I believe in working with a full deck. To remove cards is like removing a part of your body – it makes it harder to work with the deck. Also, when you exclude “difficult” cards, you are shutting out the possibility of the lessons that arrive when there are difficult things in our lives. Life is not all peaches and cream (wish it was). The difficult things often are the ones that make the journey interesting or provide the opportunity for the most soul growth.

    If you have a squeamish crowd, I recommend taking along a deck like the Connolly Deck, which is softer but still has challenging cards in the deck.

    Great post by the way! Loved this one!

    • Beth
      Beth says:

      Thanks Theresa – it’s such an interesting topic! I really enjoyed this part of the panel discussion at NWTS and can really see both sides, even though I’m firmly in the ‘leave em in’ camp.

      Love your suggestion about using a softer deck – I hadn’t thought of that. Just checked out the Connolly Tarot and I can see how that would be an easier ride for parties.

      Here’s an image if anyone is curious:

      Morgan Greer might work well too (not that I’ve ever found that deck particularly soft!) or maybe the Magical Forest?

      And I agree with you *so much* about the hardest lessons being the greatest learning points. What doesn’t kill us, and all that…

  2. Leah says:

    This is a great post!! I can’t even imagine taking out the “difficult” cards — it’s all part of the big picture, and they’ll come up if they need to.
    I worked an event a couple of weeks ago where I read cards for folks non stop for FOUR full hours (about 5 min per person — fast 3 card readings), and I NEVER saw Death, The Devil, or the Tower all night. Weird, huh? that pretty much never happens. But it kind of reinforced the thought for me that they only show up when you need them!!

  3. Kelly says:

    I really can’t imagine removing those particular cards (or any for that matter) out of the deck, I guess because I don’t think they need to necessarily be read negatively. I think I’d find a few of the swords more difficult than Death or the Devil or The Tower. My first thought was along Theresa’s thoughts in choosing the right deck for that type of occasion that was more neutral, which I think of Shadowscapes as a more neutral deck.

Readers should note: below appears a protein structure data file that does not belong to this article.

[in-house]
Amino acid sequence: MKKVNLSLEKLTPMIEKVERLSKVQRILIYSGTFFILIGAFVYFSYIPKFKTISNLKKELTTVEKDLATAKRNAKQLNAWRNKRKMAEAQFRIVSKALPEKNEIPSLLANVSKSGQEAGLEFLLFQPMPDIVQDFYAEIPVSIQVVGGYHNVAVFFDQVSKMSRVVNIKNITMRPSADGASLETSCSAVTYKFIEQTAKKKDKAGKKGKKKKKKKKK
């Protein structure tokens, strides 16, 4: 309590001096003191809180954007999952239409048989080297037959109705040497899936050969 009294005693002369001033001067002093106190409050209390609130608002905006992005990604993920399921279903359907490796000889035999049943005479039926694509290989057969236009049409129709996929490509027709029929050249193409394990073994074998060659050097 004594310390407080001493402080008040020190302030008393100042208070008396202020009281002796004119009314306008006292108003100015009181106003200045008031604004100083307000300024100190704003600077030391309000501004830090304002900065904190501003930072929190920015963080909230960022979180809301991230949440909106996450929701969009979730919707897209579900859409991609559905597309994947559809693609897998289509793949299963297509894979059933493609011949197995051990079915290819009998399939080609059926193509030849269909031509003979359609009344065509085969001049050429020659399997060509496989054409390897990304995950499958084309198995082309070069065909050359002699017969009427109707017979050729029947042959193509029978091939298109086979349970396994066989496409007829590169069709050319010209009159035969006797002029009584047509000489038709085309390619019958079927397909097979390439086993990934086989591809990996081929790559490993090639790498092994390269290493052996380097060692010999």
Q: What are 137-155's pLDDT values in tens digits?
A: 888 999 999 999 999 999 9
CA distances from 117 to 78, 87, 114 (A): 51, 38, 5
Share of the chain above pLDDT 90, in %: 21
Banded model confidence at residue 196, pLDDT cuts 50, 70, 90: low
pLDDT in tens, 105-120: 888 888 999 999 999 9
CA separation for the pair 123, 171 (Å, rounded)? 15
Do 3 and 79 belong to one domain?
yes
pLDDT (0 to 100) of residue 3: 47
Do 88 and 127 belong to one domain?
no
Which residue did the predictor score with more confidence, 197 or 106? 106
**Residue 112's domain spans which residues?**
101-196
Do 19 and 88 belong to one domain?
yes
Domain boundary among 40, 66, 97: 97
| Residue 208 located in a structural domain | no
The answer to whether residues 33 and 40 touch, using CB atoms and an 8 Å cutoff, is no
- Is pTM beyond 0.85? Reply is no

• Beth
      Beth says:

      I agree about the swords (I just picked the most obvious ones to illustrate this article) – and I really like Theresa’s suggestion too.

  4. I strangely have always liked the “bad” cards. They’re not “bad”, they are lessons. And I think if I were to take them out of the deck, I would be doing a disservice by not helping someone approach something they think is scary and then they won’t get stronger for it in the long run.

  5. Tango says:

    I have a hard enough time occasionally denying myself reversed cards. I couldn’t imagine taking a card out of the deck. However, I also don’t really entertain strangers with tarot, so if I do have the cards out for social/light-hearted reasons, I know that I’m with folks who I trust won’t flip.

  6. Roja Jackson says:

    There are no scary cards in the Tarot, just misunderstood ones! Removing certain cards is like removing pages from a book. You may get the gist of the story but the depth and all the nuances are missing.

  7. Geila says:

    Tarot doesn’t have any bad cards! Death is transformation, a strong growth period, a new cycle. The Devil embraces all emotions, passions and desires and says, Come with me and dance. You just have to know when to pull back. The ten of swords is a new dawn. You’ve been hurt but you get up in a cloak of your own strength and walk away, and believe in a new path, like the fool, in sublime innocence.